What your head should do in the golf swing is a popular topic on any golf forum – acres of the internet are dedicated to it. If you do some research you will find it impossible to find a recommendation to ‘keep your head down’ from any respected golf coach. Every day, on every golf course in the world players cite this as their reason for poor shots. “If only I could keep my head down!” they say.


Trying to control the movement of your head is a difficult thing to do – there is a lot of force in the golf swing. If you try to keep your head down you could end up with a ‘poking chin’ and rounded shoulders at address which severely limits your rotation throughout the swing.


If you try to keep your head down through impact and into the follow-through you again will impact the amount of body rotation, speed and power you can apply. Your head position is a result of what your spine does in the swing. Every player’s spine twists, flexes and extends (in simple terms) – to try and fight this motion is akin to attempting to slow your car down by dragging your foot on the tarmac. It will cause pain and have no affect!

This is a great visual example by David Leadbetter.



So why do golfers blame ‘lifting their head’ for bad shots? We commonly here better players state that they ‘came out of it’ on bad shots which is really the same diagnosis. They hit a wild shot and analyse how it felt in an attempt to swing differently next time. A wild shot will usually feel horrible and cause a loss of balance. Is it the fault of the head that you lost your timing or your balance?


For the higher handicap an extreme swing plane fault is usually to blame for a fat or thin. This extreme swing plane usually requires a compensation to make contact – a reliable way to be un-reliable. Keeping your head down will only make things worse. Check your fundamentals of setup, swing plane and weight transfer to avoid the ‘thins’ or ‘fat’ shots that plague your game. A great drill to control the low point of your swing (the ability to begin a divot in the same place each time) is to go to a fairway bunker or driving range and mark a line on the ground as in the picture below. First, without a ball, make swings attempting to hit the line, then add balls to the task. Until you can achieve consistency in doing this, fat and thin shots will be a regular feature of your game.



For the better player, ‘coming out of it’ is a common bad shot. You feel like you lose your posture and balance through impact and hit a wild shot – normally a blocked shot. Any attempt to ‘stay with it’ on the next shot is dangerous. Instead try and make a smoother transition or overall swing. If you are too aggressive in your transition to the downswing and your lower body rotates to early, you can become stuck. The resulting compensation sometimes works, sometimes doesn’t. Avoid this bad shot by grooving a great tempo, practicing with multiple distance targets with the same club. Tiger Woods, Geoff Ogilvy and Luke Donald are major proponents of this type of variable practice.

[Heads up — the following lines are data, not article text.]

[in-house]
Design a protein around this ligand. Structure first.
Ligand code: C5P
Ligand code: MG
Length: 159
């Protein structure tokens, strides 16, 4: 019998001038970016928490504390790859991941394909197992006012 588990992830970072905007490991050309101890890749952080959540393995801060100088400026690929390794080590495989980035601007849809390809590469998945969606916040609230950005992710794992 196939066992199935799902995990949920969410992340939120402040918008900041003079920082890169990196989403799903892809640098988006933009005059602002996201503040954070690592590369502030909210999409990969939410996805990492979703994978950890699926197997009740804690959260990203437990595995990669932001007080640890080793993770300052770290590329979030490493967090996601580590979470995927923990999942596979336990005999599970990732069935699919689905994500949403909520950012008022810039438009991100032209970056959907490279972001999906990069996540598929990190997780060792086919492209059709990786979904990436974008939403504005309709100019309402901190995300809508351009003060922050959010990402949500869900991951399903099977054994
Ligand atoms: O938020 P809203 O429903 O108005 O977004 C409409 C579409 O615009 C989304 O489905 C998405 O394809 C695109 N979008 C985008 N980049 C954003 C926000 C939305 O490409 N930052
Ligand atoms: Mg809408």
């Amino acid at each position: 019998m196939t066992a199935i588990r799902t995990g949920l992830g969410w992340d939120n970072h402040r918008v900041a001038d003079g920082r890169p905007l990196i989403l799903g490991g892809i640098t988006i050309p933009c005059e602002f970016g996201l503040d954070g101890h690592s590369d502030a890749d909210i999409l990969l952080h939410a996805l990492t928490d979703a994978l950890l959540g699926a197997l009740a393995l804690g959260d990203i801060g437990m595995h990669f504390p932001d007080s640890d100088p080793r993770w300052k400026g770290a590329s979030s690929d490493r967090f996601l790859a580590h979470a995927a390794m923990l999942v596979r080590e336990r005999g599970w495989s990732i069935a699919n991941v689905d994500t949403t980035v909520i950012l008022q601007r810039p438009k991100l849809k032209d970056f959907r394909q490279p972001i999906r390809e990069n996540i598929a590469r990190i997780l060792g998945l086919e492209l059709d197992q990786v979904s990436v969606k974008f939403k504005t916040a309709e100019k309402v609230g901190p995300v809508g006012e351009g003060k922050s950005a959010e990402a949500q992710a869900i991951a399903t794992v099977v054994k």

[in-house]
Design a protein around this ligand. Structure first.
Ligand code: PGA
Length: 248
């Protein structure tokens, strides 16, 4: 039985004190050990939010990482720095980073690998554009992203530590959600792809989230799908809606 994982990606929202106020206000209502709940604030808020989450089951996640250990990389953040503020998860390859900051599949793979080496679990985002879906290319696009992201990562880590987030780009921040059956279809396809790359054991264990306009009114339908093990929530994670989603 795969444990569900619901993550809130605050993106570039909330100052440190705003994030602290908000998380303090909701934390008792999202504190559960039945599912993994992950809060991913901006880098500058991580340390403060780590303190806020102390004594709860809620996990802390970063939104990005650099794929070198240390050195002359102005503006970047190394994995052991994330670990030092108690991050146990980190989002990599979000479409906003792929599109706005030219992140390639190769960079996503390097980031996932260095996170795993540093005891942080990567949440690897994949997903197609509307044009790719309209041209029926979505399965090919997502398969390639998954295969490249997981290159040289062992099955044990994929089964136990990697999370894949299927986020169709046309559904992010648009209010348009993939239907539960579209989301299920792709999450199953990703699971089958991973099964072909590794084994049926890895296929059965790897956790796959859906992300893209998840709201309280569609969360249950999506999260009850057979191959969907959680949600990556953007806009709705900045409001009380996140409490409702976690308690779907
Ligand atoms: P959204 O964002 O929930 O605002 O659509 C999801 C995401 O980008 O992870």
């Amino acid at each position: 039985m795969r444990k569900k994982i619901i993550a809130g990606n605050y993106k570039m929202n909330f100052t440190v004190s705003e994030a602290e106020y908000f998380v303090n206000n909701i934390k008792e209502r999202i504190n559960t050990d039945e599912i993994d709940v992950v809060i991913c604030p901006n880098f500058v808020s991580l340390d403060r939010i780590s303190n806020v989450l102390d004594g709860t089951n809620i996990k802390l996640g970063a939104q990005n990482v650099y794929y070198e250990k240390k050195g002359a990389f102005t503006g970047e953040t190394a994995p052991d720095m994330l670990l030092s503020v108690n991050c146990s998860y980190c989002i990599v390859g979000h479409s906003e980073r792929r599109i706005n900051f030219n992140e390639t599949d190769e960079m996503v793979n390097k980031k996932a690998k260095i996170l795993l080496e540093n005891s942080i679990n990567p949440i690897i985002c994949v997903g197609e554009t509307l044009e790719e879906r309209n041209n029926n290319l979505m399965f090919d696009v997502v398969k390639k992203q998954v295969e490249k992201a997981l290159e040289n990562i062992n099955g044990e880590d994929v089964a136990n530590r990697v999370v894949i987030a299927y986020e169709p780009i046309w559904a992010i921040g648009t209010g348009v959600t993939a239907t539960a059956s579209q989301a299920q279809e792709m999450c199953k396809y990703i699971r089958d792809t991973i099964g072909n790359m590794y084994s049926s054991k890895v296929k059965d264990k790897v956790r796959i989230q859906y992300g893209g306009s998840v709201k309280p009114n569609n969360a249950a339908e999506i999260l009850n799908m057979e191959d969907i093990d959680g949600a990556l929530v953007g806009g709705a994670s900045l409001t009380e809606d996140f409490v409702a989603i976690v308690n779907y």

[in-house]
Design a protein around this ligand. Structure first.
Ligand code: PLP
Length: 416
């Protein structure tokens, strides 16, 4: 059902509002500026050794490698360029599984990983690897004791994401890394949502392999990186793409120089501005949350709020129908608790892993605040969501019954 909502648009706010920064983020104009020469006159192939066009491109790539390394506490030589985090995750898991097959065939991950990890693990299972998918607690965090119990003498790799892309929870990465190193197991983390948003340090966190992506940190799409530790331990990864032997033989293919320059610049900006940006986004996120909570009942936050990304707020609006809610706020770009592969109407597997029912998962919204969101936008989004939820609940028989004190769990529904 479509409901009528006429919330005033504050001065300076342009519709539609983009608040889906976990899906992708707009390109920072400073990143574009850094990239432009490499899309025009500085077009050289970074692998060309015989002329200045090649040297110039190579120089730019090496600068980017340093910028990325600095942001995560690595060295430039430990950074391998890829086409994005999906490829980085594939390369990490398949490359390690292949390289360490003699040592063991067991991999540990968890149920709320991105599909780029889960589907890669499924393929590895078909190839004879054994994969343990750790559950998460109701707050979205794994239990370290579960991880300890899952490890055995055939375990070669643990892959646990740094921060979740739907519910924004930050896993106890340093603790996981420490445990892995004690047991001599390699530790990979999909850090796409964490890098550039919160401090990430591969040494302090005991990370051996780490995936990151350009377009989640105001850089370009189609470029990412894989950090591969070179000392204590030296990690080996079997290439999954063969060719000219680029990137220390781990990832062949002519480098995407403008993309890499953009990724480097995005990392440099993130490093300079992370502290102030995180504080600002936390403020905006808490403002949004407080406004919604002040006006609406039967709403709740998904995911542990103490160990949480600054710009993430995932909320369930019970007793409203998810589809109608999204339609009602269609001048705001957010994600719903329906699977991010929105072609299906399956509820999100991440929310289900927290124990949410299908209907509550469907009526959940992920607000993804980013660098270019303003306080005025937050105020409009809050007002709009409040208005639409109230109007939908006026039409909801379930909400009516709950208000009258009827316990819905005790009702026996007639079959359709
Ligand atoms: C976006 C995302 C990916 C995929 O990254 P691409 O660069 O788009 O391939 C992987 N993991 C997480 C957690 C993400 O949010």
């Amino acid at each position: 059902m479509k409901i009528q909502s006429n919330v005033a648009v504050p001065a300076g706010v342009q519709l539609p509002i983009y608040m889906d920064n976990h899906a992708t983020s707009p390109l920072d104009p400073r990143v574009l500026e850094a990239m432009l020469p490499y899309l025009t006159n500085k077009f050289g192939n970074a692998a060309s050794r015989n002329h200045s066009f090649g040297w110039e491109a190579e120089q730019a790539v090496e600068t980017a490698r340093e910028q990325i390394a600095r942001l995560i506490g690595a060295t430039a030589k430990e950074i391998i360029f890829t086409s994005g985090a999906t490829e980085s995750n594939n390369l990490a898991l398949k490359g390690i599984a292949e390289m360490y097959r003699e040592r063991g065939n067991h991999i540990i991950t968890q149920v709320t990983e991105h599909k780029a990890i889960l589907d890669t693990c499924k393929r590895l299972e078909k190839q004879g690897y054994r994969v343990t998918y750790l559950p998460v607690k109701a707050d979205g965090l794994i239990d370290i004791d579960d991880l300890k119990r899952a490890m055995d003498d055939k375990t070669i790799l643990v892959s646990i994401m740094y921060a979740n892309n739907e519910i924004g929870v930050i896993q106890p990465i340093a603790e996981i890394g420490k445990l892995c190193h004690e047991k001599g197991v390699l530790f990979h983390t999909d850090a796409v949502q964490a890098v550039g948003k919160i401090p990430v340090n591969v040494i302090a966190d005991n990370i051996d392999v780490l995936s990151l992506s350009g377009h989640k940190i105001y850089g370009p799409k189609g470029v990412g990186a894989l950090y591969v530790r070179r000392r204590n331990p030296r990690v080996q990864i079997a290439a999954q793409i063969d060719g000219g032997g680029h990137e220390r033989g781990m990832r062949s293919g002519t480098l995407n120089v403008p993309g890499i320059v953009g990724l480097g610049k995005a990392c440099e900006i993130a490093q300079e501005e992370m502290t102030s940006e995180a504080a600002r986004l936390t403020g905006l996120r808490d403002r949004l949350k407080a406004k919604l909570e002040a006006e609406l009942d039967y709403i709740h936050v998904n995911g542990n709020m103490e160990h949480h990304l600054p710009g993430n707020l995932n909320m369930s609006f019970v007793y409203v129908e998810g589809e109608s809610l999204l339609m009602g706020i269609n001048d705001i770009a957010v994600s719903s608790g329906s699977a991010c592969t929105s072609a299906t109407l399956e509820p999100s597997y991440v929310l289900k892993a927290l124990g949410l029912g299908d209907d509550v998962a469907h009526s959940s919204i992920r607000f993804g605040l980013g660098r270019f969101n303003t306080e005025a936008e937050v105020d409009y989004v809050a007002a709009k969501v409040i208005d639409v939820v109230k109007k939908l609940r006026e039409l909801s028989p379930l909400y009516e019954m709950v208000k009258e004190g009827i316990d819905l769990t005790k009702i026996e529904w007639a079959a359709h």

Yes certain player’s, including Tiger Woods above, exhibit what looks to be a swing where they have tried to keep their head down. In brief they have not tried to do this. As mentioned earlier the position of the head is a result of the spinal movement and the forces exerted on it. The downswing takes roughly 0.2 of a second so this picture is almost instantly after impact – not discernible in real time. The force generated by players like Tiger is extreme at impact – the stabilisation of the body at this point prevents any smooth rotation of the head as in Sorenstam’s swing below. The video below highlights how soon after this forceful impact and massive extension of the body, that Tiger’s head begins to rotate to the target and complete a smooth follow-through without restriction.

Here is a nice image to finish with – something you can visualise next time you practice. The worlds greatest female golfer Annika Sorenstam – dominating the game by letting her head turn with the force and momentum of the swing. It has a lot in common with former men’s world number, David Duval – featured in the cover photo for this article.


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